Adult Content Warning

This community may contain adult content that is not suitable for minors. By closing this dialog box or continuing to navigate this site, you certify that you are 18 years of age and consent to view adult content.

Canadian Thanksgiving Cooking Thread

Discussion in 'General Discussion' started by hooker, Sep 27, 2011.

  1. hooker

    hooker
    Expand Collapse
    Emotionally Jaded

    Reputation:
    0
    Joined:
    Oct 20, 2009
    Messages:
    2,154
  2. lust4life

    lust4life
    Expand Collapse
    Emotionally Jaded

    Reputation:
    0
    Joined:
    Oct 19, 2009
    Messages:
    2,562
    Location:
    Deepinthehearta, TX
    Roasted Turkey with Orange and Sage

    Rub: (This is enough for a 12-14 lb. bird)
    Granulated orange peel (2 TBS)
    Kosher salt (1 TBS)
    Sage (dried) (2 TBS)
    Freshly ground black pepper (1 tsp)
    Olive or grapeseed oil (2 TBS)

    2 oranges
    Whole cloves
    1 bunch fresh sage

    Turkey (if you have a fresh poultry market within reasonable distance, you owe it to yourself to get a fresh killed turkey. Short of that, I prefer an Empire Kosher turkey if it's store-bought).

    Normally, I brine poultry, but with this recipe, it's not necessary.

    Wash and dry the bird thoroughly. Mix rub, pull skin up from the breast, and spread half of the rub between meat and skin. Press the skin back down, apply a thin coating of cooking oil on the rest of the bird, and apply the rest of the rub.

    Using a small knife, make about 24 slits in each orange around the whole surface. Fill 12 slits in each orange with whole cloves. Put both of them in the cavity. Tie the bunch of sage with butcher's string, lay it on top of the oranges (turn the bird upside down if the oranges are big and cavity space is tight) . Roast as you normally would.

    The juice from the oranges permeates the meat and prevents it from drying out, and combined with the cloves and the sage, imparts a wonder flavor into the turkey.

    I've done this in the oven, on a grill, and in a smoker, all with equally awesome results.
     
  3. kuhjäger

    kuhjäger
    Expand Collapse
    Emotionally Jaded

    Reputation:
    104
    Joined:
    Oct 19, 2009
    Messages:
    2,392
    Location:
    Stockholm
    Anyone have a good recipe for a Tim Horton's stuffed turkey?
     
  4. tweetybird

    tweetybird
    Expand Collapse
    Experienced Idiot

    Reputation:
    30
    Joined:
    Oct 21, 2009
    Messages:
    244
    Location:
    SF
    If anyone could help me with my Thanksgiving holy grail, I would be very appreciative.

    My whole life my mom has been making cornbread stuffing using Mrs. Cubbison's brand box stuffing as a base. She adds onions, apples, sage, and other stuff, and it's damn good.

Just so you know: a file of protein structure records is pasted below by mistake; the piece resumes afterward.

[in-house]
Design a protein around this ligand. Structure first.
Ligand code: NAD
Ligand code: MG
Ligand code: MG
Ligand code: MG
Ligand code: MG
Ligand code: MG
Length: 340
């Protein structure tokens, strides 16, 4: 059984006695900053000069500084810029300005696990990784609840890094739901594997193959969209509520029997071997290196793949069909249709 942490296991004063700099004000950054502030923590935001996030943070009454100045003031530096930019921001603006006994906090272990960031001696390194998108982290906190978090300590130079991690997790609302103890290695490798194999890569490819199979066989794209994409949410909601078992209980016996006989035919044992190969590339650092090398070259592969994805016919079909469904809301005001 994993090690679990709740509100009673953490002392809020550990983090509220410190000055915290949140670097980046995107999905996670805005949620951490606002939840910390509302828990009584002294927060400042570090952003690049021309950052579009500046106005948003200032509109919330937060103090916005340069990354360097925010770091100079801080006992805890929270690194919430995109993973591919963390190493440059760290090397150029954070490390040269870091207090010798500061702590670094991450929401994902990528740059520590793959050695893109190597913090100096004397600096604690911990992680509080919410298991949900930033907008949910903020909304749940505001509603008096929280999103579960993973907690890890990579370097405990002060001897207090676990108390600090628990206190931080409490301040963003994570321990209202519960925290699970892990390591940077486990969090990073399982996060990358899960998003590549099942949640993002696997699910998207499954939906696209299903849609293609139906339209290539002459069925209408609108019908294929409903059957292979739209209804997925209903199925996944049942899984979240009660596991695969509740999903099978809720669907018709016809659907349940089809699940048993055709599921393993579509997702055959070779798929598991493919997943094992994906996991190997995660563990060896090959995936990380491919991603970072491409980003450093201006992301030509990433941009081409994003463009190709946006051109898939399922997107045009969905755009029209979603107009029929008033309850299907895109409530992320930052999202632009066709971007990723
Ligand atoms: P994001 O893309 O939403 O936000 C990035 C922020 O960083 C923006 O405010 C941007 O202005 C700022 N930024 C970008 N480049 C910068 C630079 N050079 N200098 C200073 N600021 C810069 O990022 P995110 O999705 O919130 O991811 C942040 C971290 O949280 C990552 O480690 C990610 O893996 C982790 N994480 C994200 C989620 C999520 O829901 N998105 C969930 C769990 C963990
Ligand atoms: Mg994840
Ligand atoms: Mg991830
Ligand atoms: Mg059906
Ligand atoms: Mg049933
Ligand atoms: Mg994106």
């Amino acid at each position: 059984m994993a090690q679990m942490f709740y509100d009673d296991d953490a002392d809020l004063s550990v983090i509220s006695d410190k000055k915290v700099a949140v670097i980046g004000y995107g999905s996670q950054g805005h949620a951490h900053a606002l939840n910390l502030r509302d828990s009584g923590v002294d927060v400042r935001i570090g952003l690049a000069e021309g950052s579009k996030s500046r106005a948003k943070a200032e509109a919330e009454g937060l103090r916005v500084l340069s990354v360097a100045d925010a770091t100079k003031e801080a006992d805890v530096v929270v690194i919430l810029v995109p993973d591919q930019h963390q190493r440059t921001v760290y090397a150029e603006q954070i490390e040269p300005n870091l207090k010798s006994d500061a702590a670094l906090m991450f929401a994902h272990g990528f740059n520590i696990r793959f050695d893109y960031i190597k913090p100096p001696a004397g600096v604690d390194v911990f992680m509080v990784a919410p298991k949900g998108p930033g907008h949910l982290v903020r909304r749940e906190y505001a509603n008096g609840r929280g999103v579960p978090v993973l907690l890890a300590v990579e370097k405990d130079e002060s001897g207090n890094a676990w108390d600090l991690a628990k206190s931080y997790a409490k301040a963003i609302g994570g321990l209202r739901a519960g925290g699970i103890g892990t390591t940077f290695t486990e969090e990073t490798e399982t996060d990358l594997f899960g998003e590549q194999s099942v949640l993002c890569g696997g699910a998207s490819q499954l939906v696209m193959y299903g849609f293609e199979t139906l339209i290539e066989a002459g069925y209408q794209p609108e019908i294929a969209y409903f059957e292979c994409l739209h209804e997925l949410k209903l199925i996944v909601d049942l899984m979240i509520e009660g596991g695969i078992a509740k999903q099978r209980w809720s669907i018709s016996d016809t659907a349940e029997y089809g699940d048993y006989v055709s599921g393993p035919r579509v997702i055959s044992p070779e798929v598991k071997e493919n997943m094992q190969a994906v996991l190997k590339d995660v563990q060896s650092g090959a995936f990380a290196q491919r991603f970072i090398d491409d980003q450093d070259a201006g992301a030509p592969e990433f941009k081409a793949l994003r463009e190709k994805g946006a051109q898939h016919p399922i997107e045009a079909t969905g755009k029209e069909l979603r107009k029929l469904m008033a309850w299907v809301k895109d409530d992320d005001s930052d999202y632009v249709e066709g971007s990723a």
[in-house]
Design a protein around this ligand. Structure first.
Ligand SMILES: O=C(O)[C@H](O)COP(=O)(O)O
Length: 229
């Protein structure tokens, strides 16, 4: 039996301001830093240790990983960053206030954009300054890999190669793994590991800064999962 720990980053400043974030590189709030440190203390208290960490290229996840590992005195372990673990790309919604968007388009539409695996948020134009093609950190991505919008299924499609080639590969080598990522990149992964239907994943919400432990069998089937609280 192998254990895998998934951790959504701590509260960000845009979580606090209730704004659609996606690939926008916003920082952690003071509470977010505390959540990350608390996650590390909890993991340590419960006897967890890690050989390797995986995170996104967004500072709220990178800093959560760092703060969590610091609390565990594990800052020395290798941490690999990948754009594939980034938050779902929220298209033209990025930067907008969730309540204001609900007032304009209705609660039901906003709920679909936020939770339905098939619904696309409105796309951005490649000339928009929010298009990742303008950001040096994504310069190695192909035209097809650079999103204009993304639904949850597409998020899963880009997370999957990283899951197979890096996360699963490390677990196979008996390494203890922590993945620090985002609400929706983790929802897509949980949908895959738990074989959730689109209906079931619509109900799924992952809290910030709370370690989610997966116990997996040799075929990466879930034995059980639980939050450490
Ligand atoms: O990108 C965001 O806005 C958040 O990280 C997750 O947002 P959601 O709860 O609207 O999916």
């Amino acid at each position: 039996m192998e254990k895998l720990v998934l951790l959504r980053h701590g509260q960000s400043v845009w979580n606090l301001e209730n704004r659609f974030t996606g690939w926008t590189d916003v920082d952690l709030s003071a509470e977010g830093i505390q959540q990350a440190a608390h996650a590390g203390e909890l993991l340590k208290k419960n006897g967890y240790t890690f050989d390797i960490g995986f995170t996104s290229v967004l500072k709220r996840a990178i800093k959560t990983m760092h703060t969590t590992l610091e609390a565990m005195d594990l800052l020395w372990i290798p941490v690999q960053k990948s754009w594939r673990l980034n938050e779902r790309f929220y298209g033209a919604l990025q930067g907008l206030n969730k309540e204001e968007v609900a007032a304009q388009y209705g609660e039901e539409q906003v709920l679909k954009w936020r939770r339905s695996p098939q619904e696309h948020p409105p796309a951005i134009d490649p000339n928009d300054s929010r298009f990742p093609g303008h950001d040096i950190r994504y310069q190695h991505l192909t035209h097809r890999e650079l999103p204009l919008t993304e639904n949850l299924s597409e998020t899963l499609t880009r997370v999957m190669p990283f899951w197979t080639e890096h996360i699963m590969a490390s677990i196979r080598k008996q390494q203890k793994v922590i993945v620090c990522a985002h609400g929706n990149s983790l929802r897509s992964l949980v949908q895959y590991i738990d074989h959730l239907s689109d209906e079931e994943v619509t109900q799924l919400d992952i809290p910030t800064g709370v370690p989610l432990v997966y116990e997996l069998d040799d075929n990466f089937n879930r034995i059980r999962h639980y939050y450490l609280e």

However. I am done with boxed shit. I want to make my own, completely from scratch, including the cornbread. I'm specifically looking for a meat-free recipe, as it seems that every single recipe for homemade cornbread stuffing on the internet seems to have sausage in it (no, not a vegetarian, it's just my mom always made it meat-free so that's how I like it). Further, I'd really like a recipe that's meat-free as-is, since I am not good at tweaking recipes and my husband who is can't bake to save his hide.

    I got halfway there last year using my mom's Southern friend's recipe (cornbread cooked in a cast iron skillet full of bacon fat om nom nom - not opposed to bacon fat for baking purposes, just chunks of meat in the stuffing) but it still called for some boxed mix. I know there has to be better out there.

    Basically, I want my childhood, free of preservatives. Help?
     
  5. hooker

    hooker
    Expand Collapse
    Emotionally Jaded

    Reputation:
    0
    Joined:
    Oct 20, 2009
    Messages:
    2,154
    I might need to try this, this year:

    Brown Ale and Apple Stuffing

    A sweet and savory stuffing with rich flavors of browned butter, brown ale and caramelized apples, best baked in its own casserole dish.

    3 tablespoons butter

    2 cloves garlic, peeled and minced

    3 tablespoons minced onion

    1/2 cup diced celery

    1 cup peeled and diced apples

    1 teaspoon dried sage

    1 teaspoon salt

    1/2 teaspoon finely ground black pepper

    1 cup brown ale

    5 to 6 cups dry stuffing crumbs

    1/3 cup toasted and chopped walnuts, optional

    Melt butter in a large stock pot and simmer until lightly browned. Add garlic, onion, celery and apple and stir well to coat. Cover pot and cook over low heat 5 minutes.